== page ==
No dance expresses sensuality, passion and flirtation better than Rumba. This 400-year-old Latin dance is one of the most popular ballroom dances around the world. Not surprisingly, it’s a common fixture in many dance studio classes — including ours.
The Rumba Defined
Rumba originally meant “party”. It took a life of its own and separated into two distinct camps: music and dance. Rumba, aside from confusing us with its spelling (Rumba and Rhumba are both accepted) can also mean a group of dances performed in the Afro-Cuban music genre like Columbia, Yambu, and Guaguanco.
This kind of Rumba isn’t the topic of our discussion here. What we’re referring to is the other kind of Rumba: Ballroom Rumba. Its origin can be traced to the Cuban rhythm and dance called the Son. It emphasized sensuality and flirtation in its movements instead of overt sexual gestures.
Today, Ballroom Rumba has evolved into two distinct trends:
The American style made its way to the U.S in the early 1900s and became a public phenomenon when the song “Peanut Vendor” became a hit in the country. Ballroom Rumba became so famous that the 1930s film “Rumba” solidified its hold in American culture and the arts. No one can deny its influence in American films even today. Who wouldn’t forget Patrick Swayze in the iconic film, Dirty Dancing? Look closely in one of its scenes and you’ll find him dancing Rumba to a naïve, bored, and young teenage girl portrayed by Jennifer Grey.
The International Style’s emphasis is on technique and precision, so it’s more challenging for beginners to master. Its music and dance is similar to what the older generation of Cubans called the Bolero-Son. This style of Rumba is considered the slowest among the other remaining competitive Latin dances in the world namely: Cha-Cha-Cha, Paso Doble, Salsa, Samba. However, don’t be fooled. Rumba can help develop your rhythm and timing in the other four Latin dances, so it’s a good idea to learn it first before transitioning to the other competitive dances.
When beginners ask us to teach Rumba, we often suggest that they first learn the American style before transitioning to International style. Whatever the case, we like to begin our lessons by focusing on the three most important elements of teaching ballroom dance:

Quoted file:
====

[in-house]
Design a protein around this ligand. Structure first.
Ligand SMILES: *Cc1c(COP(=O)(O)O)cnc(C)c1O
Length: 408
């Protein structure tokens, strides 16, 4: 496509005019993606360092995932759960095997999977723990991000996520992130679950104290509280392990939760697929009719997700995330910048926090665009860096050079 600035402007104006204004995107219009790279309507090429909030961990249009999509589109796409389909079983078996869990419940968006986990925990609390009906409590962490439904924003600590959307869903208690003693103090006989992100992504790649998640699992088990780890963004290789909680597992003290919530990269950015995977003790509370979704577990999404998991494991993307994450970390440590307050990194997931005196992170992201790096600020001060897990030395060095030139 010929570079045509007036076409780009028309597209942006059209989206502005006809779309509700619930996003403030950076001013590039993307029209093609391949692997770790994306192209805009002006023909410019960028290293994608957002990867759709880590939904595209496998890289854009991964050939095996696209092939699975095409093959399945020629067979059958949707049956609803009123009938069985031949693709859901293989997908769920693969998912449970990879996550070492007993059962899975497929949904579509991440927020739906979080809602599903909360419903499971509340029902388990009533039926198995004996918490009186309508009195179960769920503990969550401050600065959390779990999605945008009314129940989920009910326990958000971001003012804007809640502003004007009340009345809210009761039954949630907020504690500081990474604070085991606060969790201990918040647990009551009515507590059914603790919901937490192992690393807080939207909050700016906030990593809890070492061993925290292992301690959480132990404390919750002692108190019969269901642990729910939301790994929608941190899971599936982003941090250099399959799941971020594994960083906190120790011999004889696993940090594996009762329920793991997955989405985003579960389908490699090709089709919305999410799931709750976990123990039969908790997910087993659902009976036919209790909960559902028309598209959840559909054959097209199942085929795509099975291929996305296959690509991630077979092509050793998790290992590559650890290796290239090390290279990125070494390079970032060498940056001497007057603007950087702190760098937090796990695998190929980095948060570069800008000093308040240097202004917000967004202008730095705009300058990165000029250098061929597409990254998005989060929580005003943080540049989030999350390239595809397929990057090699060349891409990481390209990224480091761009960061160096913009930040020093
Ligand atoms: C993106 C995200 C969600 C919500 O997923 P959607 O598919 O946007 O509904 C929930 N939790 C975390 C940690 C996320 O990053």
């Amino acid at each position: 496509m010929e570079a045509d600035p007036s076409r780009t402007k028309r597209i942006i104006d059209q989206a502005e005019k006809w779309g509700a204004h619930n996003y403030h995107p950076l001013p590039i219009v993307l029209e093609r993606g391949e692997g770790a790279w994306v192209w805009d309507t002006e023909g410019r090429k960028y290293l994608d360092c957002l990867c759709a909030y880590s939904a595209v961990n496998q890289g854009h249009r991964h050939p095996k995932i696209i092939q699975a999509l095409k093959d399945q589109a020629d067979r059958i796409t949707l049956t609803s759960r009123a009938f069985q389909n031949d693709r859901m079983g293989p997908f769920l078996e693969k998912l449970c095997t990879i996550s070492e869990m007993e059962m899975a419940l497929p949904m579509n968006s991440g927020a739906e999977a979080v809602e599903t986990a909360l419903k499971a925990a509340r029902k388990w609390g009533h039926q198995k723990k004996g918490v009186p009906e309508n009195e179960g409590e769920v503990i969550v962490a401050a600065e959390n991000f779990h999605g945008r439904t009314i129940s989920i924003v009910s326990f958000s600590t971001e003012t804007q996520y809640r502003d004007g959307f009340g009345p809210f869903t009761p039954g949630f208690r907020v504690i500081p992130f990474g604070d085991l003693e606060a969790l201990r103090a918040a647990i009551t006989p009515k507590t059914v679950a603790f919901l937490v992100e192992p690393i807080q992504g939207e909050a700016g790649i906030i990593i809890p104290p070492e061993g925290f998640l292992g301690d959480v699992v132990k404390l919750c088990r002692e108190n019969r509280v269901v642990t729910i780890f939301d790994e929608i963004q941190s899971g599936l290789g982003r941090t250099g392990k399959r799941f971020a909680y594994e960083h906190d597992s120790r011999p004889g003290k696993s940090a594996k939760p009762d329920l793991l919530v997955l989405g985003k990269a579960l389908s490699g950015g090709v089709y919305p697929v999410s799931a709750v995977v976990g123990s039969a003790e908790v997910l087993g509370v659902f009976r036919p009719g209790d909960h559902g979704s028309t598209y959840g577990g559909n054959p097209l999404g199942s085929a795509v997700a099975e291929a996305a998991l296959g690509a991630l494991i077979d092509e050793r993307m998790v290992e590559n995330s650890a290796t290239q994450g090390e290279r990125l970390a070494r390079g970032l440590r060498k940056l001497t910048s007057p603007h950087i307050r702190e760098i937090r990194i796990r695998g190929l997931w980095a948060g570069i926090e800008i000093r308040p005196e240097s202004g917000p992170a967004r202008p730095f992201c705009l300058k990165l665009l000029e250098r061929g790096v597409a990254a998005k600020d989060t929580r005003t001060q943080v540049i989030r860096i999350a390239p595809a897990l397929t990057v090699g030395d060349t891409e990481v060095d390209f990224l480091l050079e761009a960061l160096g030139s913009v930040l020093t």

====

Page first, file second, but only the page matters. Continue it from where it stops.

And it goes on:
2. Timing, Rhythm and Refinement
Footwork Of The Rumba
Learning American Rumba is not difficult; it only requires patience and lots of practice to master. Here are its basic steps:
1. Start by keeping both feet together, facing your partner.
2. Step forward with your left foot.
3. Slide your right foot to the right in the opposite direction from your left foot. The distance should be shoulder-width in length.
4. Slide your left foot to join your right foot side by side.
5. Step your right foot back.
6. Slide your left foot back, opposite from your right foot. The distance should be shoulder-width in length.
7. Step your right foot to join with your left foot.
Timing, Rhythm & Refinement of Rumba
American Rumba is taught in a box step, with a slow-quick-quick pattern danced on the 1, 3, and 4 beats of a 4-beat measure.
Understanding timing and rhythm are actually much easier than refining the movement through correct form. We always tell beginners (and even advanced Rumba dancers) to keep these tips in mind:
- The hips do the work in Rumba. One of the most difficult things you’ll master is the Cuban Motion, a technique that rolls the hips while dancing. It’s difficult to describe, much less perform, so it requires a highly-trained Rumba instructor to teach the technique correctly.
- Always maintain eye contact with your partner.
- The “leading” dance partner (often males) should remain confident throughout the entire dance.
- The “following” dance partner (often females) must adjust to the “leading” partner’s movements even when he makes a mistake. This makes it easier for the “leading” partner to make the necessary corrections in the performance.
Learn the Rumba at Arthur Murray Dance Studios
Rumba is fun to dance, especially if you’re already proficient with its steps and movement. We like to spice things up by varying the songs and adding more detail to the dance so you won’t get bored. Once you’ve reached the advanced level, you can enter dance competitions to improve your skills — or to simply have fun. It’s your choice.
Anyone can learn Rumba. Age is not a factor, what’s more important is your level of commitment and determination to master the dance. The benefits of Rumba and other ballroom dances extend not just to the dance floor but to other areas of life as well. Many of our students have reported improved mental function (and clarity), improved balance and body awareness, weight loss, reduced stress, increased self-confidence, improved social skills, and stronger relationships after they started their ballroom dance lessons.
Arthur Murray Dance Studios are equipped with highly-trained dance instructors that teach Rumba in a fun and enriching environment. Call us and schedule a group or private Rumba lesson for you and your friends. Remember: Dancing waits for no one; the best time to dance is NOW.